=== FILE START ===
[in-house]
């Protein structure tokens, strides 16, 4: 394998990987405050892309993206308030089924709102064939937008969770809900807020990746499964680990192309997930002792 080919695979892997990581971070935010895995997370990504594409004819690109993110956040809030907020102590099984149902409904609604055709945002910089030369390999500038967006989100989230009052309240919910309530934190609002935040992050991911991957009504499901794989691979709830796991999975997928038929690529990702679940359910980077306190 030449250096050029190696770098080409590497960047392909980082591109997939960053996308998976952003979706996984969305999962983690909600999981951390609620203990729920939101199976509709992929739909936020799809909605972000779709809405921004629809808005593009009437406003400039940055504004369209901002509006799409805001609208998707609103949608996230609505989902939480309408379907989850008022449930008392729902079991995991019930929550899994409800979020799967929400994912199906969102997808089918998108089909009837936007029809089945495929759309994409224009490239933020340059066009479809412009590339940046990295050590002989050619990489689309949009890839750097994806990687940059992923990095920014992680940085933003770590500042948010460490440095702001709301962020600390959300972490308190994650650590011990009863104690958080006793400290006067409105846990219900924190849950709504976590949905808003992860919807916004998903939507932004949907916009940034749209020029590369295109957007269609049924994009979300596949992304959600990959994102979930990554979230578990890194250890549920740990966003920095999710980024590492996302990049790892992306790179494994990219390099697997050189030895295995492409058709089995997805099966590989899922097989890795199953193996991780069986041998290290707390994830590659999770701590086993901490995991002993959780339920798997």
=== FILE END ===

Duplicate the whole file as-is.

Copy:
[in-house]
């Protein structure tokens, strides 16, 4: 394998990987405050892309993206308030089924709102064939937008969770809900807020990746499964680990192309997930002792 080919695979892997990581971070935010895995997370990504594409004819690109993110956040809030907020102590099984149902409904609604055709945002910089030369390999500038967006989100989230009052309240919910309530934190609002935040992050991911991957009504499901794989691979709830796991999975997928038929690529990702679940359910980077306190 030449250096050029190696770098080409590497960047392909980082591109997939960053996308998976952003979706996984969305999962983690909600999981951390609620203990729920939101199976509709992929739909936020799809909605972000779709809405921004629809808005593009009437406003400039940055504004369209901002509006799409805001609208998707609103949608996230609505989902939480309408379907989850008022449930008392729902079991995991019930929550899994409800979020799967929400994912199906969102997808089918998108089909009837936007029809089945495929759309994409224009490239933020340059066009479809412009590339940046990295050590002989050619990489689309949009890839750097994806990687940059992923990095920014992680940085933003770590500042948010460490440095702001709301962020600390959300972490308190994650650590011990009863104690958080006793400290006067409105846990219900924190849950709504976590949905808003992860919807916004998903939507932004949907916009940034749209020029590369295109957007269609049924994009979300596949992304959600990959994102979930990554979230578990890194250890549920740990966003920095999710980024590492996302990049790892992306790179494994990219390099697997050189030895295995492409058709089995997805099966590989899922097989890795199953193996991780069986041998290290707390994830590659999770701590086993901490995991002993959780339920798997």